Official results show that President-elect Rene Preval’s left-leaning Lespwa Party, while winning a significant share of the vote in runoff legislative elections April 21, fell short of the number it needs to govern Haiti by itself.

Lespwa (Haitian Creole for “Hope”) won 11 of 27 seats in the Senate and 20 of 83 seats in the Chamber of Deputies, according to the final tally announced last week.

Several parties declared that they would support Preval in the Senate, giving him a 16-vote majority there. However, Preval will have to reach out to rival parties in the lower chamber, where he needs at least 50 seats to be able to choose a prime minister and cabinet.

Preval, who has spoken out in defense of Haiti’s poor, is to be sworn in May 14.

The exiled leadership of the Lavalas Party, including ousted former President Jean-Bertrand Aristide, had called for a boycott of the legislative elections because of the repression directed against the party by the U.S.-installed interim government. Most Lavalas leaders and activists are in hiding, exile or jail or have been killed. Aristide remains in exile in South Africa.

However, a grouping within Lavalas defied the leadership’s boycott call and ran several candidates, and elected three senators and five deputies.

Haiti’s election commission, the Provisional Electoral Council (CEP), reported that all votes were tallied except those from disputed areas where ballots were declared invalid due to violence or other problems. Seventeen legislative seats, including three in the Senate, have still not been filled and will be decided in another round of elections.

While UN General Secretary Kofi Annan hailed the April 21 balloting as a success, others said the election was marked by widespread voter disenfranchisement and irregularities. Turnout was about 30 percent, according to the UN Stabilization Mission in Haiti, despite reports from other observers that turnout was much lower.

Independent journalist Kevin Pina told the World in a telephone interview from Haiti that “everything that could be done to discourage people from voting was done.”

He said thousands of registered voters were turned away from polling stations because their names were left off voter lists. Others were sent from polling station to polling station but were never allowed to vote.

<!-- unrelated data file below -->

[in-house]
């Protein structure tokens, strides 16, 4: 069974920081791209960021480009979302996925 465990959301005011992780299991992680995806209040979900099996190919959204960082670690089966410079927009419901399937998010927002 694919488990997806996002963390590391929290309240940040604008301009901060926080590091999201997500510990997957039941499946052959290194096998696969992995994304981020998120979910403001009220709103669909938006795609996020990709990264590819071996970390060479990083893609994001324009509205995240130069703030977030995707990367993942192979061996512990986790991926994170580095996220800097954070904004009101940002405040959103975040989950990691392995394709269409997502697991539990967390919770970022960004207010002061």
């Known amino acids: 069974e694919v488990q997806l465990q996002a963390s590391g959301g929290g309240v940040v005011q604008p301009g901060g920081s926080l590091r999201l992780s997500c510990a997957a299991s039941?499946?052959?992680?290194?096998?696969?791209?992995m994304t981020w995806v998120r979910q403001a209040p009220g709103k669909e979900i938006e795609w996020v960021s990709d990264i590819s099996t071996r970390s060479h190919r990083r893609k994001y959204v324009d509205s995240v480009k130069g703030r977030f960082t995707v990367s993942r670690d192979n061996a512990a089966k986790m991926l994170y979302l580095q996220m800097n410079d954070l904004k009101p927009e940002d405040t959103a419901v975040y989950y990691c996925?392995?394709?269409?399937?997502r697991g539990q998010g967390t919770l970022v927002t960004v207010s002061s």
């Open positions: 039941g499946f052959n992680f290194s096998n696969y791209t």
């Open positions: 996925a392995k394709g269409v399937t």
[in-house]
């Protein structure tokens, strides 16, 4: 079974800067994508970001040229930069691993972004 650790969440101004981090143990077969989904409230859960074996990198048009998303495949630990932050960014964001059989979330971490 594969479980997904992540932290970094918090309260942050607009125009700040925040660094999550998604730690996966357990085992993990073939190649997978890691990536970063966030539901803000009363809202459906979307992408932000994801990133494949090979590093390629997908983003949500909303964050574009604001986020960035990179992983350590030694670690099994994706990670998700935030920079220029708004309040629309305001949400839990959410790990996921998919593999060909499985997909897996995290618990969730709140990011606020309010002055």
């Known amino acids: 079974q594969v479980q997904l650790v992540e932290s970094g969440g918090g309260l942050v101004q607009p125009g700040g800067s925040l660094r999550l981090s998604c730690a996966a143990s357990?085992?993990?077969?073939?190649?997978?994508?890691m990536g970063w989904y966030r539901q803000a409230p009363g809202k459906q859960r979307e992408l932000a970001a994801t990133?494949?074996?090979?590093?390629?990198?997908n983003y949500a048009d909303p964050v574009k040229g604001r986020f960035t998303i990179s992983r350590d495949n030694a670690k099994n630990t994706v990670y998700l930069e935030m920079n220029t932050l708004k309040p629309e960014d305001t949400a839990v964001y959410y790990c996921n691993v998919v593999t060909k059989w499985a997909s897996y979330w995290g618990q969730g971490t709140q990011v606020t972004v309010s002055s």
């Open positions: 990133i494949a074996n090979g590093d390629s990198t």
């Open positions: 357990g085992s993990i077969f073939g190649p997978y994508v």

Pina said that during the Feb. 7 presidential election, the CEP allowed people who were left off voter lists to cast ballots, saying they would validate their registration status later. “This did not happen” on April 21, he said.

In addition, Pina said there were too few polling places. During the 2000 elections, when Haiti was governed by Aristide, there were 12,000 polling stations, but this time there were only about 800. He said in rural areas, many poor peasant farmers had to walk 4-5 hours to the nearest polling place, wait an hour in line and then vote.

“Many would not do this and so far fewer voted in the countryside than major urban centers such as Port-au-Prince,” he said.

Pina also charged that the elections commission, which is dominated by anti-Lespwa and anti-Lavalas parties, consciously worked to suppress turnout, hoping their parties would fare better than they did in the February presidential election. In that round, most of these parties polled only in the single digits.

The New York-based Haitian Lawyers Leadership Network said its observers in Haiti believe that the low voter turnout was due to so many people being intentionally left off the voter lists.

The Haitian News Agency (AHP) and Reuters also reported irregularities, including the problem of people being left off voter lists. AHP said that in several regions of the country, notably in Cap-Haïtien, the Southeast and the Central Plateau, police arrested candidates and individuals for carrying loads of marked ballots and for trying to vote multiple times. Reuters said some polling stations lacked enough ballot-box seals to guard against tampering.

Some observers, according to AHP, question the official results because anti-Leswpa parties, which only polled 0.5 percent to 2 percent of the vote in the Feb. 7 presidential election, posted unusually large gains on April 21.

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